What’s the key to paint­ing lizard skin?

Gabrielle Tindler, US

ImagineFX - - Your Questions Answered... -

An­swer Don replies

Paint­ing the shiny tex­ture of lizard skin isn’t very dif­fi­cult if you ap­proach the task in a log­i­cal man­ner. The first thing I do is paint the scales. This is easy to do with Corel’s Pain­ter X3, us­ing cus­tom Paper tex­tures.

I se­lect a scaly look­ing paper tex­ture from a cus­tom Paper li­brary that I cre­ated ear­lier, then choose a brush that in­ter­acts well with the paper tex­ture. The Vari­able Chalk brush, which is a vari­ant of the Chalk and Crayons brush cat­e­gory, works re­ally well. I start by fill­ing the can­vas with a mid-tone green colour.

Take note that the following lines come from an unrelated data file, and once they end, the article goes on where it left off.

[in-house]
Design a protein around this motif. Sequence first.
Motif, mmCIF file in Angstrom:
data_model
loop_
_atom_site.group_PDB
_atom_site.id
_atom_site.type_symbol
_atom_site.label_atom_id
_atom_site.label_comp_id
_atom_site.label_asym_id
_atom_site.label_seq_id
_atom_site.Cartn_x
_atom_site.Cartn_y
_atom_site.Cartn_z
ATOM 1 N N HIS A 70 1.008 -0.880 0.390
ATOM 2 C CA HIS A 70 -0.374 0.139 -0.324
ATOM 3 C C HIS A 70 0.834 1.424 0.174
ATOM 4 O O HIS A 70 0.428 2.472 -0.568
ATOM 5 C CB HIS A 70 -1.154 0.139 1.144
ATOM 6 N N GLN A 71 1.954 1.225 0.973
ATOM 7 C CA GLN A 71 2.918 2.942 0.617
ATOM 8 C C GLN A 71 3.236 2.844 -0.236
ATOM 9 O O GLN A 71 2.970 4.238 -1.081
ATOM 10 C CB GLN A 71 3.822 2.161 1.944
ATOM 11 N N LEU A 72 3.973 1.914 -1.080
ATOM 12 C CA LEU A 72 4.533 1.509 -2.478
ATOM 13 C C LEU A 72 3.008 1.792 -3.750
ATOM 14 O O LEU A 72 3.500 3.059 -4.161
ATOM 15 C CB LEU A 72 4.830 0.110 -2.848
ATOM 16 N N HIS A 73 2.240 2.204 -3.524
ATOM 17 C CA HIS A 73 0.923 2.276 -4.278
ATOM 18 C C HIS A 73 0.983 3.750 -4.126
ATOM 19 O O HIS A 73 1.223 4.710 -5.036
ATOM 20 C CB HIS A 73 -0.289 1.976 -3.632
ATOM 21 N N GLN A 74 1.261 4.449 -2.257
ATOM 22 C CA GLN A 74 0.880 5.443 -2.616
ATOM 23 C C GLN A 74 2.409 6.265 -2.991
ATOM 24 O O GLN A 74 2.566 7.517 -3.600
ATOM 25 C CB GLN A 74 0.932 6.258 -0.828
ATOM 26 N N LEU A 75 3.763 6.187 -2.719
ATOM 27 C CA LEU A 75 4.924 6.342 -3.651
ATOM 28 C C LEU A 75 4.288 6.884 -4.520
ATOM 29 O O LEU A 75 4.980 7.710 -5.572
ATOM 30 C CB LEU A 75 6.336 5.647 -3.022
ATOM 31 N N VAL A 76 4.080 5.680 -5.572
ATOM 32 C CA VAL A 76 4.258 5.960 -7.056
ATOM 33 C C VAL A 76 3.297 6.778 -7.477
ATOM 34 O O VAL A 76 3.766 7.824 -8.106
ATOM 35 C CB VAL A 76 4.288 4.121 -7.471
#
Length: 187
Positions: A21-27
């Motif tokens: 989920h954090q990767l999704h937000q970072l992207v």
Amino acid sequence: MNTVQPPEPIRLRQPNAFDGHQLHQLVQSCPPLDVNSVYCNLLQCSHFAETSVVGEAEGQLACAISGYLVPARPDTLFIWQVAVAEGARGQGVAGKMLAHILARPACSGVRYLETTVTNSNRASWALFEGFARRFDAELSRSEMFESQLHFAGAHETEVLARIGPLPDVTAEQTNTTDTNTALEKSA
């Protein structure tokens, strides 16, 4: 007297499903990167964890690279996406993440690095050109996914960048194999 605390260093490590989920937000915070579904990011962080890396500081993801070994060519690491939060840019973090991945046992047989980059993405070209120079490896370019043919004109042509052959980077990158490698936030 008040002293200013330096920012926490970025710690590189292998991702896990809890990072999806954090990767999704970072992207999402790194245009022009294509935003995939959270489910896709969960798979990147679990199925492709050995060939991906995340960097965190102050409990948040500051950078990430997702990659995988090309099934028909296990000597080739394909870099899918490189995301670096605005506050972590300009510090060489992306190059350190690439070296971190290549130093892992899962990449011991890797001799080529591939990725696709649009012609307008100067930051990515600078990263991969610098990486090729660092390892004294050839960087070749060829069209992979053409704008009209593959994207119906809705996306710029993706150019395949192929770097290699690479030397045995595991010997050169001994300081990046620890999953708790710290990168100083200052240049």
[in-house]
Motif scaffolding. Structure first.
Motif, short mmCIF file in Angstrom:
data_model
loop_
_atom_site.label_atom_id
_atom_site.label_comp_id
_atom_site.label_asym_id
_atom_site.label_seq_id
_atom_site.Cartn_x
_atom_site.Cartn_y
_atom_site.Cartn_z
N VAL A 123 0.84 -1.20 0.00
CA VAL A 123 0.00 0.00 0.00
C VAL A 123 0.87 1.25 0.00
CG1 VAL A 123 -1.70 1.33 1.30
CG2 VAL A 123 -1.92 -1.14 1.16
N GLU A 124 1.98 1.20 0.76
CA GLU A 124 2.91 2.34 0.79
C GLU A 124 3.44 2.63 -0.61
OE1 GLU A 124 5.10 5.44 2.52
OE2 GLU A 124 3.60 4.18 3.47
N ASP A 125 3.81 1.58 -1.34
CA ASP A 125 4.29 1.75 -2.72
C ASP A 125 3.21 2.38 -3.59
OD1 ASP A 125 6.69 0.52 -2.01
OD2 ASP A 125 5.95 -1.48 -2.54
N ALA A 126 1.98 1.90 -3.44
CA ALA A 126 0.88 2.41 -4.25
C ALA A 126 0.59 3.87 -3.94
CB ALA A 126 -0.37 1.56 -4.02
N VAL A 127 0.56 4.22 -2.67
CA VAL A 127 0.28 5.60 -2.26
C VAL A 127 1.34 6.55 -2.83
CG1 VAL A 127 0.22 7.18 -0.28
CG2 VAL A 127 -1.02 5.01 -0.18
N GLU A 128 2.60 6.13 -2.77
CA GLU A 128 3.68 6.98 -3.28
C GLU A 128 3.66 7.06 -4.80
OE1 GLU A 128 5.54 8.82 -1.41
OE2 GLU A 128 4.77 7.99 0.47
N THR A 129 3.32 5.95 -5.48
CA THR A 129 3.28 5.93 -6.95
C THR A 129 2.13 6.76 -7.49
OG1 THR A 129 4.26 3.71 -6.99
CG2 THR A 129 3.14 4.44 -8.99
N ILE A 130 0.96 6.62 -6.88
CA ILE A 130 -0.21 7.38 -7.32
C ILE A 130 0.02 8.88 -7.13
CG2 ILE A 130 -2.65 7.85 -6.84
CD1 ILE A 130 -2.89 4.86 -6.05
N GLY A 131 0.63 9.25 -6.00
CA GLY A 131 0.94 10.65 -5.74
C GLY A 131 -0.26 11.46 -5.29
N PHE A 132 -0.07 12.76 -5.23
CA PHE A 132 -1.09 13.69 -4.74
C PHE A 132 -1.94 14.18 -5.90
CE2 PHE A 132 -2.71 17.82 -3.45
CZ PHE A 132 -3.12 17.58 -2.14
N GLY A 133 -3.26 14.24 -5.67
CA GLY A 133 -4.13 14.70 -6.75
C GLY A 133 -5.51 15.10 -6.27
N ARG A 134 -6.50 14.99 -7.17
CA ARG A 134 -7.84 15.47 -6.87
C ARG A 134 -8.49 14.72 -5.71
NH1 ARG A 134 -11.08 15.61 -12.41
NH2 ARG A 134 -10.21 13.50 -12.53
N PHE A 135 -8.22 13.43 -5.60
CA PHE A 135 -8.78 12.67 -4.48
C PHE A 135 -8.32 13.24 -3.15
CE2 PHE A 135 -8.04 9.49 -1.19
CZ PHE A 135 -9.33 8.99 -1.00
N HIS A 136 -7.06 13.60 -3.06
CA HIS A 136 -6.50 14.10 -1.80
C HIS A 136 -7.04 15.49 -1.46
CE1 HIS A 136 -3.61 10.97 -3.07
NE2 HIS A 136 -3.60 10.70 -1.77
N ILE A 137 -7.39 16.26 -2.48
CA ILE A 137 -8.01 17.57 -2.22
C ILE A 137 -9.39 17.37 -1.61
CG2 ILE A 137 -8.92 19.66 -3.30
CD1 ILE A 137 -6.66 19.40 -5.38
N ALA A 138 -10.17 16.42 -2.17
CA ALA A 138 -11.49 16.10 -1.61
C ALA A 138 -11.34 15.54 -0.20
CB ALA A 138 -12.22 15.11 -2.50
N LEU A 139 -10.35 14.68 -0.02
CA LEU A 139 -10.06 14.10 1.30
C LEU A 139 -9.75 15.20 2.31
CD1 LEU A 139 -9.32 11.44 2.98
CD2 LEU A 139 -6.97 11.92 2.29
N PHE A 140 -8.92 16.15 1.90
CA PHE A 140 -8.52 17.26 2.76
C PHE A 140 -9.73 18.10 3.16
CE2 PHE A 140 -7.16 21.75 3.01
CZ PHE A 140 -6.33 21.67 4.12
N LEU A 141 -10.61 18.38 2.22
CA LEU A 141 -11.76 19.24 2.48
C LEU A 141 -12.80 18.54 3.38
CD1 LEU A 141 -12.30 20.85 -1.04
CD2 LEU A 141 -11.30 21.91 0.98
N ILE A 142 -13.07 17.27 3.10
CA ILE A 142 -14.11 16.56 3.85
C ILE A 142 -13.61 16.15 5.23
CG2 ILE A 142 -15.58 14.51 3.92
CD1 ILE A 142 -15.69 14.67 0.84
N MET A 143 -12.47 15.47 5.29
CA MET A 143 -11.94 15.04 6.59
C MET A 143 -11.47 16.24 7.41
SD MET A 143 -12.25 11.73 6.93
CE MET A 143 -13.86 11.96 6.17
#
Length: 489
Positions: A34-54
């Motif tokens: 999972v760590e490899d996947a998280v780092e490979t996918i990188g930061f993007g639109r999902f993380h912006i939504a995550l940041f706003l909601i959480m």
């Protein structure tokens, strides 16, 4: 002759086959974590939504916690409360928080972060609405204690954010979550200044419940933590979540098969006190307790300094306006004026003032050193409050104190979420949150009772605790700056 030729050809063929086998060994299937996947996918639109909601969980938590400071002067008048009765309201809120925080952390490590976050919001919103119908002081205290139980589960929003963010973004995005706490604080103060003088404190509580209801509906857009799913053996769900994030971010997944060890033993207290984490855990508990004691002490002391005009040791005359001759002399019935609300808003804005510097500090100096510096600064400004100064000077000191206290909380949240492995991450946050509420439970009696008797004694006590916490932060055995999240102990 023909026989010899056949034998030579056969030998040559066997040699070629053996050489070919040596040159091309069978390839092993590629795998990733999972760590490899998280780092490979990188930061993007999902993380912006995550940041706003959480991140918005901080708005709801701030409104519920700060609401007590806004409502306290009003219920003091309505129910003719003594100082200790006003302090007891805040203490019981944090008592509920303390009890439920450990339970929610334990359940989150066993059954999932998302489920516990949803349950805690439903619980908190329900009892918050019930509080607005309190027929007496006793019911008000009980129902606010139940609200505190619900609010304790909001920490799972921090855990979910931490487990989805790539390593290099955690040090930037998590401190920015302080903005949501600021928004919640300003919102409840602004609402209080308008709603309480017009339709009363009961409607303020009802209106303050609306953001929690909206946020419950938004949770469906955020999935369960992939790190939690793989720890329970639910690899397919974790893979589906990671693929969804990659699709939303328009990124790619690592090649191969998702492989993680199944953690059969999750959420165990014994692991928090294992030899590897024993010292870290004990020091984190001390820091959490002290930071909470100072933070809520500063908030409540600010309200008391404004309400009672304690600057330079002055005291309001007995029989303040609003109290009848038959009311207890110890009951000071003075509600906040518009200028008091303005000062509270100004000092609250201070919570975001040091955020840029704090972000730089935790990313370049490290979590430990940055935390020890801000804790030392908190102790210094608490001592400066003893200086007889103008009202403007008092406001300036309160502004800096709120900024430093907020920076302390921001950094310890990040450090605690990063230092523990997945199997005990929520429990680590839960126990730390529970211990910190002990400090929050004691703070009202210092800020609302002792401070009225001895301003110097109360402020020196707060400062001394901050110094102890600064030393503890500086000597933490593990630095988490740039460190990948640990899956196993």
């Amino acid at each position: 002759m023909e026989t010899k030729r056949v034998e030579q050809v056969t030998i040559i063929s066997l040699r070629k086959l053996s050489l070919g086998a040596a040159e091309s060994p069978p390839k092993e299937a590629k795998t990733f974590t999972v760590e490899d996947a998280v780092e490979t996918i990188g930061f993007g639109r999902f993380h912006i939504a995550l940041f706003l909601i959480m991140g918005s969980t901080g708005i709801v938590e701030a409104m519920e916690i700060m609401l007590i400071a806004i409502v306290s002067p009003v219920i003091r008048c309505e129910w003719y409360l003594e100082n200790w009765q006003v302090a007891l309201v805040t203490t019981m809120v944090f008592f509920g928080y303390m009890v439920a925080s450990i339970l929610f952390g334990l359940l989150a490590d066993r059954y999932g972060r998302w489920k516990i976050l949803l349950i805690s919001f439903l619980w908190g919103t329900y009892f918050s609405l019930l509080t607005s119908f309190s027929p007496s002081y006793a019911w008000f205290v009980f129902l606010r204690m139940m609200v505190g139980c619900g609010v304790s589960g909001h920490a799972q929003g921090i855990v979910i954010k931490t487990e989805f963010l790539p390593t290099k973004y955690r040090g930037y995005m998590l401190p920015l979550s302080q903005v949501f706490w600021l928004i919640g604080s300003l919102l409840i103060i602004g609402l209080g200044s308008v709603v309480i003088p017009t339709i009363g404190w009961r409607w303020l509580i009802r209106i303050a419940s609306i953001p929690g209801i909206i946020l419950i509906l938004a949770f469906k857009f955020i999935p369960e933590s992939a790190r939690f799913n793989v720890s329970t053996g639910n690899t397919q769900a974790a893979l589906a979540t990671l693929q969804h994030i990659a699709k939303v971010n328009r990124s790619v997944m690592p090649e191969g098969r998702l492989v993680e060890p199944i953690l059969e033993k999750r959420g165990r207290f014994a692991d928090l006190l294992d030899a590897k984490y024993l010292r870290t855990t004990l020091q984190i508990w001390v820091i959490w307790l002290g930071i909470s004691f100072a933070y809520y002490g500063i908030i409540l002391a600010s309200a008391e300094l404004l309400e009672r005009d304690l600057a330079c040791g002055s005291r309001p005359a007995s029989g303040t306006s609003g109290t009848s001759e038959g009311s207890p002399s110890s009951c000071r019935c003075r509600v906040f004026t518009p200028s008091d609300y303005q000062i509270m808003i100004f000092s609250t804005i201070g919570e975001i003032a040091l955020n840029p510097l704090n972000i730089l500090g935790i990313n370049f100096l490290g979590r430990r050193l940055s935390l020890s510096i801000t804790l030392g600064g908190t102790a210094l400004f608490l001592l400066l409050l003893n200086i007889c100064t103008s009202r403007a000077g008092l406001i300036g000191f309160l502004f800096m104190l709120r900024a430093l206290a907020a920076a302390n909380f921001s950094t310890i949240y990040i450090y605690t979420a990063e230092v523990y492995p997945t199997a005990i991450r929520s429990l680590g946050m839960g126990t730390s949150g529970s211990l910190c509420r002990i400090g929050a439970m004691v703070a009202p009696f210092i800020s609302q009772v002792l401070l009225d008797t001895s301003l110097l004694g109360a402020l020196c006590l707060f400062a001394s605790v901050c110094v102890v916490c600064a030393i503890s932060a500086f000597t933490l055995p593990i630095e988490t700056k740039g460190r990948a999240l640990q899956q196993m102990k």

Next, I cre­ate a new layer for the dark ar­eas be­tween the scales and paint this with a darker green than the back­ground. Then I cre­ate a sec­ond layer for the top part of the scaly tex­ture. I in­vert the paper tex­ture, se­lect a green colour lighter than the back­ground and paint the top ar­eas of the scales.

I then drop the two lay­ers onto the can­vas. I choose the Glow brush from the FX brush cat­e­gory. Pick­ing a very dark green colour, I lightly paint over the ar­eas that I want to ap­pear shiny. I vary the colour to give a chameleon­like feel to the scales. Usu­ally, I would make the high­lights fol­low the con­tours of the crea­ture; how­ever, in this case I just paint across the scales.

Here I’ve dropped the scale lay­ers onto the can­vas and painted the high­lights across the scales with Corel Pain­ter’s Glow brush.

The can­vas layer is filled with green and both the dark and light scales are painted on sep­a­rate lay­ers above.

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